Last night, slumped against the refrigerator, I began a litany of complaints that tried the patience of all who came into contact with me, until I thought of composing a little ditty that went like this:
Maybe I will become a cockroach.
Maybe I will become a banana peeler.
Maybe I will become the vitamins inside a bottle of water.
Maybe I will become a necklace.
Maybe I will become a doctor.
Maybe I will become a lawyer.
Maybe I will become a drumset.
Maybe I will become a chicken with it's head cut off.
Maybe I will become a Queen.
Maybe I will become a saw.
Maybe I will become an axe.
Maybe I will become a cereal bowl.
Maybe I will become a potato chip factory worker.
Maybe I will become a garbageman (sanitation worker.)
Maybe I will become a bowtie.
Maybe I will become green tea.
Maybe I will become ice cream.
Maybe I will become a warrior.
Maybe I will live in a cardboard box forever and ever.
To which Taran replied: There's always Charlie (reference to the homeless man who wanted to go out with me.) And later- You'll be all warm and snuggly in that cardboard box.
Anyway, after spending a good thirty minutes assuring me that I will not be a failure at life, Taran arose from his spot at the kitchen table- at which point I anxiously asked, "Where are you going?" - clasped my hand and informed me that we were going for a walk. "A walk?" I questioned. "A stroll," he replied, as he led me up the stairs and in the direction of my room. We paused for a moment outside of the Boys' bathroom. Urchin was cleaning his ears. "Maybe I will become a Q-Tip!" I said brightly. "How much Bud Light has she drunk?" Urchin questioned Taran, who simply shook his head wisely and led me up the next flight of stairs to my room. Dustfinger had esconced herself by my computer and was typing feverishly. Taran ignored her. He turned on my Shabbos lamp, took me to my bed, and then suggested to me that I get into bed and lie down. My head was still pounding- it had been pounding consistently. But I lay down in bed, after which my brother solicitously covered me up with the comforter, removed my glasses and placed them on the teddybear sitting on my nightstand, and then, taking out his book, proceeded to read aloud to me.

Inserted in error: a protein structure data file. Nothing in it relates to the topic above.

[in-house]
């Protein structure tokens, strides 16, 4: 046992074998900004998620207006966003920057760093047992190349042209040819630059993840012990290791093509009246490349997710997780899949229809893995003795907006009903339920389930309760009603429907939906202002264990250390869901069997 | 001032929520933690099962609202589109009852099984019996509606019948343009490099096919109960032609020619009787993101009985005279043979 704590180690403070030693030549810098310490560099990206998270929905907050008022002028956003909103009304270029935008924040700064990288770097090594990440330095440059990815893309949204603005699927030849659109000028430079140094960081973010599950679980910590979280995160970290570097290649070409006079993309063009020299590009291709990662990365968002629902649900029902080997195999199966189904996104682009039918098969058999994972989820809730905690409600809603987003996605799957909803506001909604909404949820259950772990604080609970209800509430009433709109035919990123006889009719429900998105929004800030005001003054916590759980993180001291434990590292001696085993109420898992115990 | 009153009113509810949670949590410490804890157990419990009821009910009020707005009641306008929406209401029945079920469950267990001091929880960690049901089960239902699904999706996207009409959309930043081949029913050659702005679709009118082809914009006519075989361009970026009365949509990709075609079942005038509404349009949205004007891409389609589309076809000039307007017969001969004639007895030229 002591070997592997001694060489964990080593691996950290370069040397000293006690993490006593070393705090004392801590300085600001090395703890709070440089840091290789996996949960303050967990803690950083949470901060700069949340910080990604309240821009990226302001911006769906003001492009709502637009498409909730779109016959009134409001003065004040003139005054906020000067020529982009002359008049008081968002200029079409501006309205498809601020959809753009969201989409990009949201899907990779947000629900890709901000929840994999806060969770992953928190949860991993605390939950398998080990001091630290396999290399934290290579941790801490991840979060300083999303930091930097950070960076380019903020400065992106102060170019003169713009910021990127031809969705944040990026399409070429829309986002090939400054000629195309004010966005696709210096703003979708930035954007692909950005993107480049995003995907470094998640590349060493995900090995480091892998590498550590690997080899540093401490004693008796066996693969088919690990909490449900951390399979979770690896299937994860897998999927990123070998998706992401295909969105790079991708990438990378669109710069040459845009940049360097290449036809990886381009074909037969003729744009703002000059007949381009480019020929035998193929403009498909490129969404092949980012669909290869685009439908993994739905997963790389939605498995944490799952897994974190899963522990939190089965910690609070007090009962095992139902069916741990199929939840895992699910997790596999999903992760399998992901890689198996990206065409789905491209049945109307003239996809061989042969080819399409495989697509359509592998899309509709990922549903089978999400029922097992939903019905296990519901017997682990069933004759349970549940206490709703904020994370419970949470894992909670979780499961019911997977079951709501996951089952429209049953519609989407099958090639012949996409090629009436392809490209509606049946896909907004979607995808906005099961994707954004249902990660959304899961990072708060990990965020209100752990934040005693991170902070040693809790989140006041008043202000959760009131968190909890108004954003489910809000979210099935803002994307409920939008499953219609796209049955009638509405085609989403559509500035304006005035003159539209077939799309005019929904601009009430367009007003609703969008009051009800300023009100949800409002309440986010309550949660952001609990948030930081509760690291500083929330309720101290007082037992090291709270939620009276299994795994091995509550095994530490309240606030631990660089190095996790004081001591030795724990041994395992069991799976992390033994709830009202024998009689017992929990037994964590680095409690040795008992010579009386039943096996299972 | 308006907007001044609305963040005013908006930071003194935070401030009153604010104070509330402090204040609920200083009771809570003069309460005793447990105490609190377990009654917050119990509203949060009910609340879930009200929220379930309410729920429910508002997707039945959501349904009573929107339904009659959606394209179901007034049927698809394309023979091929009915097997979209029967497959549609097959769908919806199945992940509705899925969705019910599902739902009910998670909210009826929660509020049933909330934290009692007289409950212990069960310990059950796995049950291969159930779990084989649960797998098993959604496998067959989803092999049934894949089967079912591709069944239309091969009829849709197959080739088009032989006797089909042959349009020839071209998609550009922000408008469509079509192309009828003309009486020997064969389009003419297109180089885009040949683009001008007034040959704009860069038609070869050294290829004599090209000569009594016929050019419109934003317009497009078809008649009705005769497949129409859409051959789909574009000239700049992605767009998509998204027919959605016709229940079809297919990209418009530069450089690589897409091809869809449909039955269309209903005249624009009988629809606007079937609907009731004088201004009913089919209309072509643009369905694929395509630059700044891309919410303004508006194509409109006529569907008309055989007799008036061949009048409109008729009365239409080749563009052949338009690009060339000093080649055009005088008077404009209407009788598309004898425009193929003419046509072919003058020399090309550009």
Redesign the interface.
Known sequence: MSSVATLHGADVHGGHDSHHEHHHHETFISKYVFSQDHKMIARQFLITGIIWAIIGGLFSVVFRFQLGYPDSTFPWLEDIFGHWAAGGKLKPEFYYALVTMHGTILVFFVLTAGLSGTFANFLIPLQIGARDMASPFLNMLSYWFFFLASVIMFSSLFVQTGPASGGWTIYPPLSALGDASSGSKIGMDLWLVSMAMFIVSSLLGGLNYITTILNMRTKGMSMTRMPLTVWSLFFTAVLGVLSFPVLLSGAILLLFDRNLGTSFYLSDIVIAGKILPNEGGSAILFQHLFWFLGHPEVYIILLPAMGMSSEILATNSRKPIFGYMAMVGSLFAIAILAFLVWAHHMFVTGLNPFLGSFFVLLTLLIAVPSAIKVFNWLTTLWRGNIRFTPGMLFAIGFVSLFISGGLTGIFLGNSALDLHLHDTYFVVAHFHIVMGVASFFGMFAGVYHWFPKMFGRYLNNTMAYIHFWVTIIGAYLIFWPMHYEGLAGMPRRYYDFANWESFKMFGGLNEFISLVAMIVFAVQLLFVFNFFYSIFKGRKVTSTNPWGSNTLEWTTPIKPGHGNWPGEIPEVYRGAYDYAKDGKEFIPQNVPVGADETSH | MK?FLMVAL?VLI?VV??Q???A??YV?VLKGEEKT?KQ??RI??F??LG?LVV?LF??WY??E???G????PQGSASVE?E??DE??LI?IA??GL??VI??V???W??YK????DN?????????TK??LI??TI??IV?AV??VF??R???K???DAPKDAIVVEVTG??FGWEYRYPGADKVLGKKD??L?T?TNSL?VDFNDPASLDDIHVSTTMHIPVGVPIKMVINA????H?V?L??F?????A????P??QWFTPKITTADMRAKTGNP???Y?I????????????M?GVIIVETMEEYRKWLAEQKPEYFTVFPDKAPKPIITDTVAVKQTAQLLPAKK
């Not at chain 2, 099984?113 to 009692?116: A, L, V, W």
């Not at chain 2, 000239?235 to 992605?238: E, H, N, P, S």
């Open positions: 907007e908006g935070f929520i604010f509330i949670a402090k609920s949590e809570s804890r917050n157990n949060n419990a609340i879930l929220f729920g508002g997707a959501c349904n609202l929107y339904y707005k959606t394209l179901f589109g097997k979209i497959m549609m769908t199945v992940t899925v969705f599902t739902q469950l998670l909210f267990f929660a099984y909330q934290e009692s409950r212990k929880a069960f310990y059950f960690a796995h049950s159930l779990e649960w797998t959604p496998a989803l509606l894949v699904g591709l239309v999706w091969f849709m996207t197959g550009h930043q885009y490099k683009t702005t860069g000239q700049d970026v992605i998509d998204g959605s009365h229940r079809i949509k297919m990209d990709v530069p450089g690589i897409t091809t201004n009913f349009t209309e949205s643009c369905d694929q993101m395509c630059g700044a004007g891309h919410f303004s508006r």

He read for a good ten to fifteen minutes and slowly, my headache dissipated. Dustfinger was still typing away at the computer, illuminated only by its blue glow; Taran was reading and Urchin had brought his book, Brisingr, to read as well, though quietly. I watched Taran as he sat on my bed and read to me by the light of the Shabbos lamp, and slowly my fears ebbed away and it seemed like, no matter what happened, it would somehow be all right so long as I was assisted by the good temper and good humor of my incorrigible brothers and sister.
At about 11:30 I determined that we should all go to sleep, and bade Taran to shut the light, but they did not depart before we had a beautiful conversation in which I rediscovered the depth and wit of my siblings, who have combined a talent for being exceedingly humorous with that of understanding situations and people very well. There, in the dark, with one of them having swiveled about to face us in my computer chair, while the others sat on my bed and I lay down and looked at them in the night, I realized- yet again- how lucky I am.
Thank God for the Boys- & The Girl.